The year that was in seafood
A full on year ended on a positive note with the release of the Ministry for Primary Industries’ situation and outlook.
Seafood was among the primary sectors to stand out, with sharp increases forecast in export revenue.
The $1.563billion actual in 2014-15 is forecast to increase by $181million in the current year – an 11.6 percent lift – although depreciation of the New Zealand dollar rather than improved production and prices is a key driver.
That would take export returns to $1.744billion and a further forecast rise of $115million (6.6 percent) in 2016-17 would push seafood close to $2billion.
Overall, growth in other main sectors – meat and wool, horticulture and forestry – will more than offset the fall in dairy products.
On seafood, the MPI commentary predicts strong demand for premium seafood in China, our largest market.
“China’s middle class may surge to 1 billion people by 2030 from about 150 million in 2014, boosting incomes that will drive demand for all kinds of higher value foods, including premium seafood. The rise of e-commerce provides the ability to purchase seafood directly online. The fastest transaction only took 33 hours from the order to the customers receiving product. Lobsters provide an example of this growth. Lobsters are viewed as a status symbol in China and their red colour is considered lucky.”
Mussels and king salmon, with two new farms each of production capacity of 1500 tonnes becoming operational, are seen as drivers of increased aquaculture production, helping offset a 3 percent reduction in wild catch limits.
Global trends and consumer market dynamics for our top four export markets are mixed.
*China’s growth has slowed but remains strong.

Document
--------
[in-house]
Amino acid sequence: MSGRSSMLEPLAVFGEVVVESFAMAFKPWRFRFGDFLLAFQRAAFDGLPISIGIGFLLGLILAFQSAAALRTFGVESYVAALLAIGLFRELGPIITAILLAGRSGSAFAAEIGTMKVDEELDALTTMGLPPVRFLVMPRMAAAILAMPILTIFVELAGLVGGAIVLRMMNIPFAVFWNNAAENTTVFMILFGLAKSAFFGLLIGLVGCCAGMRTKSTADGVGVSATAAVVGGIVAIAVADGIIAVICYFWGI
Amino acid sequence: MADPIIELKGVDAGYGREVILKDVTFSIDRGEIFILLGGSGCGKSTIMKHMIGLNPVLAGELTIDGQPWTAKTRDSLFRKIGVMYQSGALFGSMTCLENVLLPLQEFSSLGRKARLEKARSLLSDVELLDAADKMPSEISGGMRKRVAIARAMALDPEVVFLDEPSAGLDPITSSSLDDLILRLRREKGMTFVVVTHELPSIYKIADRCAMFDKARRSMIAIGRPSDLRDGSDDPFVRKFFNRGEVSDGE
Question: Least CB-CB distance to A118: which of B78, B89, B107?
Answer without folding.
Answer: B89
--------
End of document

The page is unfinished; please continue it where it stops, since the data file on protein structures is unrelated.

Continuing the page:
*Lower commodity prices and declining unemployment are supporting growth in the US.
*Declining oil prices and an economic stimulus programme are expected to aid a return to positive growth in Japan.
*Low commodity prices are a headwind for growth in the Australian economy.
Minister Nathan Guy said the primary sector had “a pretty good year” and noted the seafood result in a presentation last week to sector leaders.
He had just returned from the Aotearoa Fisheries factory opening on the Chathams, supplied with the biggest crayfish he had seen in his life, which even got a mention from the Prime Minister in Parliament.
Politicians are not usually shy in trumpeting their achievements but on this occasion Mr Guy could be accused of being unduly modest.
The government is committed to doubling exports by 2025, a vital vision for a remote trading nations that depends on what it can sell to the world for its prosperity.
The projections are optimistic and may prove as difficult as a budget surplus to corral.
On current projections the gap is $6.5billion, challenging but not insurmountable, particularly with the potential of e-commerce as instant export channels and any rebound in dairy.
When Chinese consumers discuss New Zealand online, the main factor (70 percent) is food.
Mr Guy noted the importance of social licence, witnessed by the damaging footage of terrible treatment of bobby calves that led to calls for an international boycott of our meat and dairy.
Consumers increasingly want assurance the products they buy are ethically produced.
The fact New Zealand seafood is sustainably produced was confirmed in the Environment Aotearoa report released in October.
“Our commercial fisheries are sustainably managed and overfishing is decreasing,” it said.
“In 2014 the proportion of fish caught (landings) from stocks subject to overfishing was less than 5 percent. This is a decrease from about 10 percent in 2009-10.”
Mr Guy noted those assembled at the Wellington Club to hear his upbeat update were livelier than the Press Gallery journalists, who held their annual party for politicians the night before.
He had visited the Gallery that afternoon handing out licorice samples from the RJs factory at Levin in his Otaki electorate and found one of the nation’s finest political minds having a hangover-induced snooze.
But it has been a big year and everyone is tired.
Early next year we will report on a Seafood NZ-commissioned Nielsen survey of 1000 New Zealanders on fishing industry reputation, currently being compiled, which is expected to bring more positive news.
*This is the last Friday Update for the year. Happy holidays and good fishing to you all.
This weekly digest from the world of seafood returns on Jan 22, 2016, a year in which we will celebrate the 30th anniversary of the Quota Management System that has served us well.